County declares health emergency over hepatitis A outbreak

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SAN DIEGO – The County of San Diego Friday declared a local health emergency for an outbreak of hepatitis A that has claimed 15 lives and sent more than 260 people to hospitals.

County public health officer, Dr. Wilma Wooten, signed the declaration.

The declaration will help the county Health and Human Services Agency ask the state for assistance and provide legal protections, the Union-Tribune reported.

Additional portable hand-washing stations were installed around San Diego Friday in an effort to combat the outbreak.

The illness has hit the homeless population particularly hard, prompting county health officials to call for the installation of the stations at 30 locations around the city.

Two had previously been set up, including one on 10th Avenue in downtown.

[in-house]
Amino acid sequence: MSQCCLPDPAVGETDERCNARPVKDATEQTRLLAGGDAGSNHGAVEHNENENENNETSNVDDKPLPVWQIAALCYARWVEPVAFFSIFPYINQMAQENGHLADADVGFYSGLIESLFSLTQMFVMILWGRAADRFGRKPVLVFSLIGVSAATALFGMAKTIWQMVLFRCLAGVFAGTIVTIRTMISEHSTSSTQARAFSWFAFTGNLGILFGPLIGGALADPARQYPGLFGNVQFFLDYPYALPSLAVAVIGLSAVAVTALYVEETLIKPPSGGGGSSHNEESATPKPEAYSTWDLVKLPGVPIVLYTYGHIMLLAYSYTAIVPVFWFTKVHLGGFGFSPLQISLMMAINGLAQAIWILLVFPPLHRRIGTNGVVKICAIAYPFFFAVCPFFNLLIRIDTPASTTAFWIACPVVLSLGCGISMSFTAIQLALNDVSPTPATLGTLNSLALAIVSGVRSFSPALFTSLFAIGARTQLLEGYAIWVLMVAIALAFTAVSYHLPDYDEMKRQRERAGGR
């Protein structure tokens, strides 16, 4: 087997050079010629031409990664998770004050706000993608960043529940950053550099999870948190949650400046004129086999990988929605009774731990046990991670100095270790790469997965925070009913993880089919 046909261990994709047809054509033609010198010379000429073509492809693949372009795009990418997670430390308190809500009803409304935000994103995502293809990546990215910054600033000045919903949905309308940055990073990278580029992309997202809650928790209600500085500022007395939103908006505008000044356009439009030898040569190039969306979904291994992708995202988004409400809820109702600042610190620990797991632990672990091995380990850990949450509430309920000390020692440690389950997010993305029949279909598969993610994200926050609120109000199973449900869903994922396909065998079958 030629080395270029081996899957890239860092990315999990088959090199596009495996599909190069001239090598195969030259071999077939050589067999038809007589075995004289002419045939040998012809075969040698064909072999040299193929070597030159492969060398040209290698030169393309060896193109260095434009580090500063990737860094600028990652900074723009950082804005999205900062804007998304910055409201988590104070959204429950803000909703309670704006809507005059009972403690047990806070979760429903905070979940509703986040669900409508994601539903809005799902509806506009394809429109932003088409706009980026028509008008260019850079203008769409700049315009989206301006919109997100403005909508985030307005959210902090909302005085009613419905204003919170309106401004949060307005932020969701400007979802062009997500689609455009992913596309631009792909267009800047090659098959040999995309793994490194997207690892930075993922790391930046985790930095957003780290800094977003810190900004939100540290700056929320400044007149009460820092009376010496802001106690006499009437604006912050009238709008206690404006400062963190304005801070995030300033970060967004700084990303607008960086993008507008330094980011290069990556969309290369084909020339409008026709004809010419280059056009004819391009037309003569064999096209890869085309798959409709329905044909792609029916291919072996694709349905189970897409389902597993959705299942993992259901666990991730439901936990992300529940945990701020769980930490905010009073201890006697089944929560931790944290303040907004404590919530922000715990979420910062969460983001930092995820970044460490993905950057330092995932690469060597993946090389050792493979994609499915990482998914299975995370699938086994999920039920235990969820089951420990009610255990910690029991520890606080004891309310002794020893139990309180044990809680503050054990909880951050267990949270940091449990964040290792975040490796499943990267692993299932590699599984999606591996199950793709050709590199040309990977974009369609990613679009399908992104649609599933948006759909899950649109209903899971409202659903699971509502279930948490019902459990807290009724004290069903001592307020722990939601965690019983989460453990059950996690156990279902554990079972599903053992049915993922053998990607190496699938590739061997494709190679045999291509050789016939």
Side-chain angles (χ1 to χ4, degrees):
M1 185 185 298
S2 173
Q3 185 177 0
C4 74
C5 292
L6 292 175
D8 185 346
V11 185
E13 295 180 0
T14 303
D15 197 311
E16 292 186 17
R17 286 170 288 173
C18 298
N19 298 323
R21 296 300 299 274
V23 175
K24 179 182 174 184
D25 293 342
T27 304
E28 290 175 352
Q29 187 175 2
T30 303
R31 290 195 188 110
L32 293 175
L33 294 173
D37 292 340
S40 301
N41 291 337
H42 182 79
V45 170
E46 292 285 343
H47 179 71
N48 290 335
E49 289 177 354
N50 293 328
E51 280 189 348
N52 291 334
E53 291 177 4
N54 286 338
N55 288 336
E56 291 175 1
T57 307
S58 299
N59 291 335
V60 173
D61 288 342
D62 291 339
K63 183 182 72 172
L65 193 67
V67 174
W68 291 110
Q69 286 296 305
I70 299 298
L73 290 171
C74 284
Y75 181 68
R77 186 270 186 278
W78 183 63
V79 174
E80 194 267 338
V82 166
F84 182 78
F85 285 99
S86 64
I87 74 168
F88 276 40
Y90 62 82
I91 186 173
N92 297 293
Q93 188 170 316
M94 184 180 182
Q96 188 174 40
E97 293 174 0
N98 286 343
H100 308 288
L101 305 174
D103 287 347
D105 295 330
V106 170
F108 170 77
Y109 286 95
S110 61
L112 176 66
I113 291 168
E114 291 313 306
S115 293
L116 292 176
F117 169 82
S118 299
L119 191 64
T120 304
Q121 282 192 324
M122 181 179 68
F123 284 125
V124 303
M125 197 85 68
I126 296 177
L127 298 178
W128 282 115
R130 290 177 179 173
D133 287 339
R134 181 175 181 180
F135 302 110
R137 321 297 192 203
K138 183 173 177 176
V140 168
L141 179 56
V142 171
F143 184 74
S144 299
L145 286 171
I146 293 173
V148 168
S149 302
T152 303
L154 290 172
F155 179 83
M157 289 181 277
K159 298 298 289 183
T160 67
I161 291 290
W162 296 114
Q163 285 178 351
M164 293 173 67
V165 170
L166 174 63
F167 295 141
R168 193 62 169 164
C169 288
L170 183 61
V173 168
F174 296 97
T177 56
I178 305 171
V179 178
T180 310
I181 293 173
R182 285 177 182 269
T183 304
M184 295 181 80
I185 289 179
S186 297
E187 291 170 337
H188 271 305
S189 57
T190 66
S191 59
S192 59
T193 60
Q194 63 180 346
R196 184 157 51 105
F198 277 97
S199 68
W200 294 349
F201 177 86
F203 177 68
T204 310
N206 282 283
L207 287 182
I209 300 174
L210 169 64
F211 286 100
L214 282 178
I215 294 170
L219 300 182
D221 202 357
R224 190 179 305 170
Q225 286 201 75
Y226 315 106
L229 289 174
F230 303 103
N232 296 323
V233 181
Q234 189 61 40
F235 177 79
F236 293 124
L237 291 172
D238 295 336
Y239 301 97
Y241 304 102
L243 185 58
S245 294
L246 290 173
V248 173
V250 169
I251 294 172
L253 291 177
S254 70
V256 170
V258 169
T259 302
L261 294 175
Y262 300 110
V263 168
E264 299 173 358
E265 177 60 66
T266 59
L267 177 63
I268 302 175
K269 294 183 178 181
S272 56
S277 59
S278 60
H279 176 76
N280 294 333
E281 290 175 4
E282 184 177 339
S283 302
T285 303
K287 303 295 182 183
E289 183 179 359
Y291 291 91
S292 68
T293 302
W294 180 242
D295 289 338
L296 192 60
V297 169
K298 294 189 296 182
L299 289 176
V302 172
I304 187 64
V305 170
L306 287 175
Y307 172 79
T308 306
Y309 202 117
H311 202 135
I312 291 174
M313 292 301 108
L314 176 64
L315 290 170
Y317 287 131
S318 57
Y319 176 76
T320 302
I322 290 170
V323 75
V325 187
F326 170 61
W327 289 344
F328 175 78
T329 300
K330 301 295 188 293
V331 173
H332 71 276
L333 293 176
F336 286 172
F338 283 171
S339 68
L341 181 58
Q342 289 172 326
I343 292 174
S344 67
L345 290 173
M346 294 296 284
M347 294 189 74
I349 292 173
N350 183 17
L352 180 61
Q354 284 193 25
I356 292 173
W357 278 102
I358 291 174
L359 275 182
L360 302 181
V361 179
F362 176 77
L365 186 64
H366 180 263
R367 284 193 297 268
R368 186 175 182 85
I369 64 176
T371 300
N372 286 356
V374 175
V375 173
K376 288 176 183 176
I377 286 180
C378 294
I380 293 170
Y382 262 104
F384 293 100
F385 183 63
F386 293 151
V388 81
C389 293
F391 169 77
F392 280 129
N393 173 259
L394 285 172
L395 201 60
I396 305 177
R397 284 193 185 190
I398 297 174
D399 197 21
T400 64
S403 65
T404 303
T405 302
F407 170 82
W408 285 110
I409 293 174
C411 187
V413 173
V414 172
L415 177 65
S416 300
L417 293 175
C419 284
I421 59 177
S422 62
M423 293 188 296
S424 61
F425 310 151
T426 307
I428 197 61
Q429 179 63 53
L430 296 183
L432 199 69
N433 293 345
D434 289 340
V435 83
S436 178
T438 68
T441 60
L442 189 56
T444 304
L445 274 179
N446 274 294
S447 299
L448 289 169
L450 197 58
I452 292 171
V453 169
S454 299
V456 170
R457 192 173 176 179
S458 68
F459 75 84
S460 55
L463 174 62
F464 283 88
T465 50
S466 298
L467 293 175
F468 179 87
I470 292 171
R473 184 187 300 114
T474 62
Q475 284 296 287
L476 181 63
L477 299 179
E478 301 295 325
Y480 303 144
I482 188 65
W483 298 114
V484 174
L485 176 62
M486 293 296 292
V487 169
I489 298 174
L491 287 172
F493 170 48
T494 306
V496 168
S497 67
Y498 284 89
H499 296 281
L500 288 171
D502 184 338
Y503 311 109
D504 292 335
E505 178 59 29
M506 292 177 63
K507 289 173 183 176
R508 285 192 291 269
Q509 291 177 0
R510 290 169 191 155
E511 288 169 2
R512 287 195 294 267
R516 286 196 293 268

More were installed Friday in Balboa Park and the Neil Good Day Center, a facility at 17th and K streets where the homeless can access mail, laundry and other services, according to the county. The rest, mostly downtown, Balboa Park and near the San Diego River, were expected to be set up Saturday.

The action comes a day after Wooten directed the city to use special sanitizing procedures to wash down areas in the public right-of-way, such as streets and sidewalks, and expand access to restroom and hand-washing facilities.

City officials said they would comply.

“The city continues to stand ready to support the county’s Health and Human Services Agency in its plans to provide vaccinations, sanitation and education to San Diegans as we battle this outbreak,” Mayor Kevin Faulconer said. “We must continue to work collaboratively to stop this crisis and save lives.”